Soccer Stuff -- MLS Eastern Conference: D.C. United or Chicago Fire? The Chicago Fire looked pretty darn good tonight in beating the L.A. Galaxy to claim their fourth U.S. Open Cup title (the Galaxy won the tournament last year). The Fire looked even better a couple of weeks ago, when Chicago beat D.C. United in the tournament semifinal.
This tournament may not have the cache of European Cup tournaments, but both teams played their hearts out, and Chicago proved to be the better team with a 3-1 win. ESPN's soccernet has a nice piece on the Open Cup, noting how the success of non-MLS teams, like Dallas' FC Roma, is bringing increasing attention to the tournament. soccernet.espn.go.com/columns/story?id=377483&root=mls&cc=5901. Hopefully, the trends will continue. It would be wonderful to see a team from outside the MLS really give the big boys a run for the money.
Getting back to the topic at hand -- (which team is the beast of the east?): While D.C. United may be showing signs of emerging from a two-month long slump, the Chicago Fire has been very consistent, in league play and the Open Cup. They have terrific young players, including Chris Rolfe, Nate Jaqua and Justin Mapp. To that group, you can add Chad Barrett, one of the most stars of the 2005 U.S. under-20 team. The Fire also have great experience in the defense with Tony Sanneh, C.J. Brown and Chris Armas, along with a top goalkeeper, Zach Thornton. Tonight, the Fire had exciting, athletic goalkeeping from Thornton's back-up, Matt Pickens, and great play from veteran striker Andy Herron, who has 8 goals in only 17 games in MLS play. The Fire has no chance of catching D.C. United to take first-place in the MLS Eastern Conference, but they are playing the best soccer right now.
That news has to shake D.C. United and their fans who still smart from the stunning 4-0 pasting that the Fire gave United at D.C.'s RFK home, during the Conference semifinals last year. In 2006, despite having the strongest start in league history, United has gone through a terrible slump in August and September, as they seemed unable to play an entire game with any consistency. United finally won one this past Saturday, with a game effort against the New York Red Bulls. To be sure, United made some terrible plays that almost cost them the win, but they also put together some nice combinations on offense. They played most of the second half down a man, after Facundo Erpen stomped the Bulls' John Wolyniec. Still, D.C. United extended their lead to 3-1, after going down a man, and held on for the 4-3 victory.
In that United victory over the Red Bulls, 16-year old Jozmer ("Jozey") Altidore entered the game as a second half substitute for the second straight Red Bulls' game, and scored a goal in his second straight game. All indications are that this kid will be something special -- maybe even the top-flight scorer that the U.S. national team has been expecting for at least a generation. He's big and strong -- a real presence -- with soccer sense and real skills, to boot -- including good speed, and an accurate, powerful shot.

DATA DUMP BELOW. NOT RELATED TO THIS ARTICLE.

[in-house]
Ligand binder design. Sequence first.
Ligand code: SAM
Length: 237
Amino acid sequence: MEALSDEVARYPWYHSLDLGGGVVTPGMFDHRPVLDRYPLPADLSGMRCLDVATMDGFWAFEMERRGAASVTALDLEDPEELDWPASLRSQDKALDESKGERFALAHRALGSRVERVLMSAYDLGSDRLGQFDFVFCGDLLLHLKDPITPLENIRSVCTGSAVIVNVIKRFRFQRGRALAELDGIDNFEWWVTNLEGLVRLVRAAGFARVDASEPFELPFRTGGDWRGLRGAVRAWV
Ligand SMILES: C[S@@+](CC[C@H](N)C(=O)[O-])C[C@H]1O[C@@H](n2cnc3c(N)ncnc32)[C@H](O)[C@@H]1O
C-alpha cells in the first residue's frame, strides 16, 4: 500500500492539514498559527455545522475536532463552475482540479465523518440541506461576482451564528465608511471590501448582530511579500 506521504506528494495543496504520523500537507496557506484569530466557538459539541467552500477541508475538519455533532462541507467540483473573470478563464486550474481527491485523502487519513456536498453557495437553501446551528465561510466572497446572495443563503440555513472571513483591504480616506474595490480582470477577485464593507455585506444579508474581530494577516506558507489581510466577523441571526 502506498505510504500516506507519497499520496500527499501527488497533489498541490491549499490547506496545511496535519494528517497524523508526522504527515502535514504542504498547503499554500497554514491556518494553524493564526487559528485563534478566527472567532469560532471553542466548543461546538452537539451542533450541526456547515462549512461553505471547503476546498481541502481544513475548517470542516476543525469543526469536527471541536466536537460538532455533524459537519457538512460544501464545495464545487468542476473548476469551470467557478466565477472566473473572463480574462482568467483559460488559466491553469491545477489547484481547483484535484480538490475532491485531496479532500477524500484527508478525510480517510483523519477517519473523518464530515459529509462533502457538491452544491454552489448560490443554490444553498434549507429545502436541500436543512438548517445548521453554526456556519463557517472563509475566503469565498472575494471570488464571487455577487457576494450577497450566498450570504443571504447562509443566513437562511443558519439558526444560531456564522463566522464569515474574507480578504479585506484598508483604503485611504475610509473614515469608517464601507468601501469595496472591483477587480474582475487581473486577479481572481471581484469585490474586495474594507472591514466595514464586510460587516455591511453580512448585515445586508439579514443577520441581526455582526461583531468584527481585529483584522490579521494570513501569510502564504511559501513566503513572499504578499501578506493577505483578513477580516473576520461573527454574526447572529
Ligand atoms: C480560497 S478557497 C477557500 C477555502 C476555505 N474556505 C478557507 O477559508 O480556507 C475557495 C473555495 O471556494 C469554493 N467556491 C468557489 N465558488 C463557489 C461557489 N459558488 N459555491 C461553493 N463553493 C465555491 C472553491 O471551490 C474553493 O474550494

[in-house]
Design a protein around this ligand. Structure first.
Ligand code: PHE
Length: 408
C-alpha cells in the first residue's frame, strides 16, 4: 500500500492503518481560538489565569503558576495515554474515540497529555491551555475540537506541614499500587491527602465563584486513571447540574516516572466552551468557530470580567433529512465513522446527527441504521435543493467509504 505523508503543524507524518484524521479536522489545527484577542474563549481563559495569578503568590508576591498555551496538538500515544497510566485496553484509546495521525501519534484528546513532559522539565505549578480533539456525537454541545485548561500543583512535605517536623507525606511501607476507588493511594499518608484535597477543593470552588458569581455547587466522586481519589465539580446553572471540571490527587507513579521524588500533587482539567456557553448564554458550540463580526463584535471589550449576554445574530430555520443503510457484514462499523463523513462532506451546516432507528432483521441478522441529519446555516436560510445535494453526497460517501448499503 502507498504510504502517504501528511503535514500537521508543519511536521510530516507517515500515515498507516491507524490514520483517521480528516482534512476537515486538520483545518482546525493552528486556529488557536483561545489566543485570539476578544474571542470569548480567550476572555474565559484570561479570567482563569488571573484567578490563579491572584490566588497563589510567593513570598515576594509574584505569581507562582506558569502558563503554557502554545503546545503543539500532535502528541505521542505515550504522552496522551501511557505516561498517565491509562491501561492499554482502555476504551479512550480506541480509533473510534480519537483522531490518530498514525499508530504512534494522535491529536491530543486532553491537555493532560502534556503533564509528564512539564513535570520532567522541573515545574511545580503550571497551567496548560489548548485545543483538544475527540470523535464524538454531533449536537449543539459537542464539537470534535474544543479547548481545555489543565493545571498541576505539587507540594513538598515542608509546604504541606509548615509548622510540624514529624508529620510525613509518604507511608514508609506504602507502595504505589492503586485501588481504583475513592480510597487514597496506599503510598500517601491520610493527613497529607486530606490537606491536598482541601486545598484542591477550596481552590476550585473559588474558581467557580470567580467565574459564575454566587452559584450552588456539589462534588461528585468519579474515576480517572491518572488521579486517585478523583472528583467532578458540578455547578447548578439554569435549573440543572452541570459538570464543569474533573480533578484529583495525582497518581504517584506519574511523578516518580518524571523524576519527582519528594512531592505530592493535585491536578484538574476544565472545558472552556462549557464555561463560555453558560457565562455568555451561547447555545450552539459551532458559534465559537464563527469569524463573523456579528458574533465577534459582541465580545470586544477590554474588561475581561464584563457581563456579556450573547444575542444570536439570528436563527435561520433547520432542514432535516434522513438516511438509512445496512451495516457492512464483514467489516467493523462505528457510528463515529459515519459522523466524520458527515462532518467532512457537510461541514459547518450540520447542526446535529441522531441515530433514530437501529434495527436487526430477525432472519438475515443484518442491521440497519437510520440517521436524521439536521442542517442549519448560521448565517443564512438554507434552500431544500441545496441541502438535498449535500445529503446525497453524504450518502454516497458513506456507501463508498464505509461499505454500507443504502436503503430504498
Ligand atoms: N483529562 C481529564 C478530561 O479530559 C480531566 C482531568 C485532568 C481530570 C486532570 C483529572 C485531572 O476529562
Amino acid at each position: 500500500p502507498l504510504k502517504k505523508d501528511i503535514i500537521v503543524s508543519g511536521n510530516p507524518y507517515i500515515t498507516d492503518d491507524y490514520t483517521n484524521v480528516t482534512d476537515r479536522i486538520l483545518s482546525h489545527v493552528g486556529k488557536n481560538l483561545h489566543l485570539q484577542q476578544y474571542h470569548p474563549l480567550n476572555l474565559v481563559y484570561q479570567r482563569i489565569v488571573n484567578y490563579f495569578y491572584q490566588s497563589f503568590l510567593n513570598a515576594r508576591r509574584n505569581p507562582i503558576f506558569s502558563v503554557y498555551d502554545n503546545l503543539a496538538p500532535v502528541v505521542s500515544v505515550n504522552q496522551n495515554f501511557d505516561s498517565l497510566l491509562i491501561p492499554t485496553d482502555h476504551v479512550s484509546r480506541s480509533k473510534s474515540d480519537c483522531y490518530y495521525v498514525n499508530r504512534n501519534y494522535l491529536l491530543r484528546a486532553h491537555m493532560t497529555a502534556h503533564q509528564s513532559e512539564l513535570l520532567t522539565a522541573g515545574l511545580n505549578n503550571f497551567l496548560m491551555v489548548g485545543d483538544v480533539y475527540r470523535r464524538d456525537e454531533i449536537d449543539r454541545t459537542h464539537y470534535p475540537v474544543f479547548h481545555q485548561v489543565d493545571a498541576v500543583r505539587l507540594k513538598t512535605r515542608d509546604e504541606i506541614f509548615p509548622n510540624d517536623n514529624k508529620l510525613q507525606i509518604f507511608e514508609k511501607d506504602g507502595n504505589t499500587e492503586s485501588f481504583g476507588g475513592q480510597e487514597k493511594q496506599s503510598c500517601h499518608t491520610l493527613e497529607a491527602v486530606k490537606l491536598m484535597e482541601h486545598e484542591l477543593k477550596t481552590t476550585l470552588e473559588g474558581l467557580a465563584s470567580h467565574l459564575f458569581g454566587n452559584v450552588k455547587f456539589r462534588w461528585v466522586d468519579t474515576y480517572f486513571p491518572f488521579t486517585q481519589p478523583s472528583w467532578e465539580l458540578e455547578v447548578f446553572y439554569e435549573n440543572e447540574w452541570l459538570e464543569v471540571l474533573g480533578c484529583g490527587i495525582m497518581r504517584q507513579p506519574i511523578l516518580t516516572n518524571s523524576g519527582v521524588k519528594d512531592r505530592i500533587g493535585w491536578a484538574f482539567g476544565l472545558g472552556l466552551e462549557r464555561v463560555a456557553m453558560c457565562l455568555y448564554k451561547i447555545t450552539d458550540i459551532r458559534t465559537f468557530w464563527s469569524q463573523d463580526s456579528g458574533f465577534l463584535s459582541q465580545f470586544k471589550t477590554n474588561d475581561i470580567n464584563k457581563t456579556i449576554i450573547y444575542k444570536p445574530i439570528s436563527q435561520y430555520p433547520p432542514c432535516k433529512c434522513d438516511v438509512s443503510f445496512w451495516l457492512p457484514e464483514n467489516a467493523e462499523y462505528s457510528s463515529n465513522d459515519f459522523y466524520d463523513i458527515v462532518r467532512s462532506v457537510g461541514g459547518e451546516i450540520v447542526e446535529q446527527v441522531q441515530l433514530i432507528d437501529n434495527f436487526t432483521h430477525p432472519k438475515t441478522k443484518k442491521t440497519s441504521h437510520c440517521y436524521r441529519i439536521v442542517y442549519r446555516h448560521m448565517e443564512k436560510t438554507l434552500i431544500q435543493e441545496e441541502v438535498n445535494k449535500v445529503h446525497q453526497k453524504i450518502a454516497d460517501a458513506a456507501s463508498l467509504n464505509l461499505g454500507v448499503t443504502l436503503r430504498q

Finally, speaking of the U.S. squad, the N.Y. Times ran a great piece in Wednesday's paper on Alkis Panagoulias run as coach of Team America (an NASL experiment to build a national squad), as well as the 1984 Olympic team, and the national side that failed to qualify for the 1986 World Cup, held in Mexico. nytimes.com/2006/09/27/sports/soccer/27soccer.html. For those too young to remember, Team America was the NASL's last-ditch effort to save the league and American soccer by creating a team that would play a league schedule, while the players developed individually, training and coalescing as a team.
The team played one year, in RFK Stadium, with a 10-20 won-loss record. Panagoulias, a coaching legend in New York and Greece, never got the support he needed from the other team owners and the players. For example two of the best Americans, Ricky Davis and Steve Moyers of the New York Cosmos, chose to stay with their club. The basic Team America notion died after the 1983 season, and the NASL folded after the next season.
The recent documentary on the Cosmos and the NASL, "Once In a Lifetime," focuses on the Cosmos' glory years, yet also offer some interesting insight into the final collapse of the NASL -- which, is attributed, in the film, to FIFA's decision to award the 1986 World Cup to Mexico rather than the United States (after Brazil lost the right to stage the Cup). If you haven't seen the movie yet, it's a must-see for any fan of U.S. soccer or a student of history. The film ran last week on ESPN2, after a select city theater run last year. I expect it will be out on tape and DVD any day now.
As for Panagoulias, now 72 -- he argues that the USSF needs to select an American coach, or at least someone coaching in the MLS now, rather than seeking out a foreign coach. He also offers up his services. The USSF could do worse. Not withstanding the 1985 heartbreak loss to Costa Rica, Panagoulias is a winning coach with significant international experience, coaching American and Greek national squads. Even if he is not chosen (he's about a million-to-one shot), the USSF should find a way to get him really involved in the U.S. program.